Today, we were kidnapped by hill folk never to be seen again. It was the best day ever.

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    Birthright Developer irdeggman's Avatar
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    Quote Originally Posted by The Swordgaunt View Post
    I'm just tossing this in. Would it be feasible to allow a guild ruler to establish a seaport? I believe it could lead to interesting game-play, and a fair bit of local politicking.

    "No, My Lord, I am afraid your ship will have to wait, you see, the Alderman is receiving his mistress on the eastern pier, and it may take the afternoon - Ladies, you see..."

    Nothing wrong with that - it is just like a guilder building the highways.

    Realizing of course that nothing stops the landed regent (with armies) from moving into the sea port and "taking it over" - but there are no real game-mechanics for that part.
    Duane Eggert

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    Site Moderator AndrewTall's Avatar
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    Hmm, I'd say that the ruler must either dominate the law (i.e. their law exceeds the guilder's guilds) or occupy to take the seaport - an interesting idea is that rival guilds could co-operate to boost the effective level of the other (for a price of course) and law holders do likewise - the diplomacy gets more interesting when you need friends.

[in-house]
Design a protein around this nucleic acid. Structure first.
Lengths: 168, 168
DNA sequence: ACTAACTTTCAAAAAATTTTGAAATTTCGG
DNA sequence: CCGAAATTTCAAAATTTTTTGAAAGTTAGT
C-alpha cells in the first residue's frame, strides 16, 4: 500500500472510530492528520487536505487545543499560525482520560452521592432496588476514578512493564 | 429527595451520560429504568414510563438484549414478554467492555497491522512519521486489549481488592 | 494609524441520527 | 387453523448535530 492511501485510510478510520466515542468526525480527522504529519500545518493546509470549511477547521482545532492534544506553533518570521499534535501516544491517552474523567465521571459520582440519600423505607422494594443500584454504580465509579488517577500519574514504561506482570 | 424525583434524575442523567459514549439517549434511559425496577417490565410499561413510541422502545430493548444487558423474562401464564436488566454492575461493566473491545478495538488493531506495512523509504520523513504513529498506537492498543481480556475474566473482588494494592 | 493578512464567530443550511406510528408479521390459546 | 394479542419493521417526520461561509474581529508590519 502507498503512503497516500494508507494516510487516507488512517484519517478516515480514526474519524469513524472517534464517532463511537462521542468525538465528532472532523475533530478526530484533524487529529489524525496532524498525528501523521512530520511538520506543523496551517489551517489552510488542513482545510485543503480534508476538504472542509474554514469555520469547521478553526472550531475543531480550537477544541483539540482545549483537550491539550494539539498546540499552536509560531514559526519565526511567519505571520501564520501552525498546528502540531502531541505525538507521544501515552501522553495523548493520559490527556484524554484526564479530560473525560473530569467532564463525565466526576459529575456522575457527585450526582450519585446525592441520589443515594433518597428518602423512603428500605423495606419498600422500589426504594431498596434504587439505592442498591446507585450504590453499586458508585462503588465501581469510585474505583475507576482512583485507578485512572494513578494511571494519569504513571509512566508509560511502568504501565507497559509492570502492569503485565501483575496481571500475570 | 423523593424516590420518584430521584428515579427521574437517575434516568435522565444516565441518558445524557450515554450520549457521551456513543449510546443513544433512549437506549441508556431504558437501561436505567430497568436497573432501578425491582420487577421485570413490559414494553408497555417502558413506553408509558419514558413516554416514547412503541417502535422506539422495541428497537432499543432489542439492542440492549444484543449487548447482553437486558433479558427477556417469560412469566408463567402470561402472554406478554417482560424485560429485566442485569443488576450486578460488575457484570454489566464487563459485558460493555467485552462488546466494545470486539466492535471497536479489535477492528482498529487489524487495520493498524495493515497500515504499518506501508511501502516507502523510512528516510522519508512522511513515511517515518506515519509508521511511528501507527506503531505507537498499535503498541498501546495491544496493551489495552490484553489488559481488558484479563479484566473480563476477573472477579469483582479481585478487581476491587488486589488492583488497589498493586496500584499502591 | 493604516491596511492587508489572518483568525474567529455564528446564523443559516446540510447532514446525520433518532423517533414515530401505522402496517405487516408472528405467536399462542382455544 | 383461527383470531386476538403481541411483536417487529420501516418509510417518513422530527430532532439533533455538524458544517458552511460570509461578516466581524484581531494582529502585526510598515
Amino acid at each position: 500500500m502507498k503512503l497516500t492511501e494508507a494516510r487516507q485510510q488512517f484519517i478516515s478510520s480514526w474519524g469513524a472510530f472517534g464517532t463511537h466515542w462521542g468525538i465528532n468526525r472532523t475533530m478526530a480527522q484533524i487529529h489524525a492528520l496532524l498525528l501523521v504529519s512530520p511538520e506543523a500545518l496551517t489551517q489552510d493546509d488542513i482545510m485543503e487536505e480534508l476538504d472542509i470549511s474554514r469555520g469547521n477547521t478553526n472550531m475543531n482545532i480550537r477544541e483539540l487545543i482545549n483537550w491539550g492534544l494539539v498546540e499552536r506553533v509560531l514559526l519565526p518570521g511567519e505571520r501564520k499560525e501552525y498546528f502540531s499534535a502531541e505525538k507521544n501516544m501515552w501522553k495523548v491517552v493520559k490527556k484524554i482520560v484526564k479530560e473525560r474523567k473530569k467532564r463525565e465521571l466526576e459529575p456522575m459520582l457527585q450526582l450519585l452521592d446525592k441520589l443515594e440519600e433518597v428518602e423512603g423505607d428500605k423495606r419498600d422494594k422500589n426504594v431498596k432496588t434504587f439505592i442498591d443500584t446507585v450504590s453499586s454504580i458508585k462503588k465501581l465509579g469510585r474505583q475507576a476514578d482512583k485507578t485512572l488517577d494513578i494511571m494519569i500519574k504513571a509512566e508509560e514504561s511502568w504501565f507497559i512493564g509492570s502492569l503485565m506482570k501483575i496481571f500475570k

One possibility on a seaport is that it could be treated as an asset that generates money or permits a larger population (both arise from fishing, one assumes that the controller aims to maximise trade, the other that they demand a share of the catch to feed their people).

    I can see a canny ruler allowing the guilder to control the port (so only that guilder can operate sea trade routes) but requiring some form of levy to be applied for the privilege.

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    Senior Member The Swordgaunt's Avatar
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    Dammit! I want to play BR.
    -Harald

    Today, we were kidnapped by hill folk never to be seen again. It was the best day ever.

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  9. #9
    Site Moderator kgauck's Avatar
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    Quote Originally Posted by AndrewTall View Post
    I can see a canny ruler allowing the guilder to control the port (so only that guilder can operate sea trade routes) but requiring some form of levy to be applied for the privilege.
    Traditionally states did not maintain navies, but had the right to rent ships in wartime for their navies. Andrew's description is how it worked.

  10. #10
    Senior Member The Swordgaunt's Avatar
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    Quote Originally Posted by kgauck View Post
    Traditionally states did not maintain navies, but had the right to rent ships in wartime for their navies. Andrew's description is how it worked.
    I'm nitpicking again... Actually, during the Hundred Years War, both the French and the English crowns built and maintained royal fleets.
    -Harald

    Today, we were kidnapped by hill folk never to be seen again. It was the best day ever.